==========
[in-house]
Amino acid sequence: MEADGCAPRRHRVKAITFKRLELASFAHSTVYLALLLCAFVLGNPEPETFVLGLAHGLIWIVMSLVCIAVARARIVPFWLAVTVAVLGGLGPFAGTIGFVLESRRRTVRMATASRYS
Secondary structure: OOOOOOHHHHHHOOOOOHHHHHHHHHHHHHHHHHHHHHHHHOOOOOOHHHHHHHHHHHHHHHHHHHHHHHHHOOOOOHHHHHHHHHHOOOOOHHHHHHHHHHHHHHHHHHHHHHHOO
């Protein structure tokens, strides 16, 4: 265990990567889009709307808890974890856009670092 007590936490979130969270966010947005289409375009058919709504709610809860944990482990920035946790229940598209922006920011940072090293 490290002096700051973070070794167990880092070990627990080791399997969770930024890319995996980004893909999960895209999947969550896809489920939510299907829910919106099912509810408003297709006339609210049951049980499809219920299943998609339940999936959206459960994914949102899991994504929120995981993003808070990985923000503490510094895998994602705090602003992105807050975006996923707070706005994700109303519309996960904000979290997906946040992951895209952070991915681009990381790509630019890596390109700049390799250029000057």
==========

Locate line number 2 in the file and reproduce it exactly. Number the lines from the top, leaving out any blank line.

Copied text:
Amino acid sequence: MEADGCAPRRHRVKAITFKRLELASFAHSTVYLALLLCAFVLGNPEPETFVLGLAHGLIWIVMSLVCIAVARARIVPFWLAVTVAVLGGLGPFAGTIGFVLESRRRTVRMATASRYS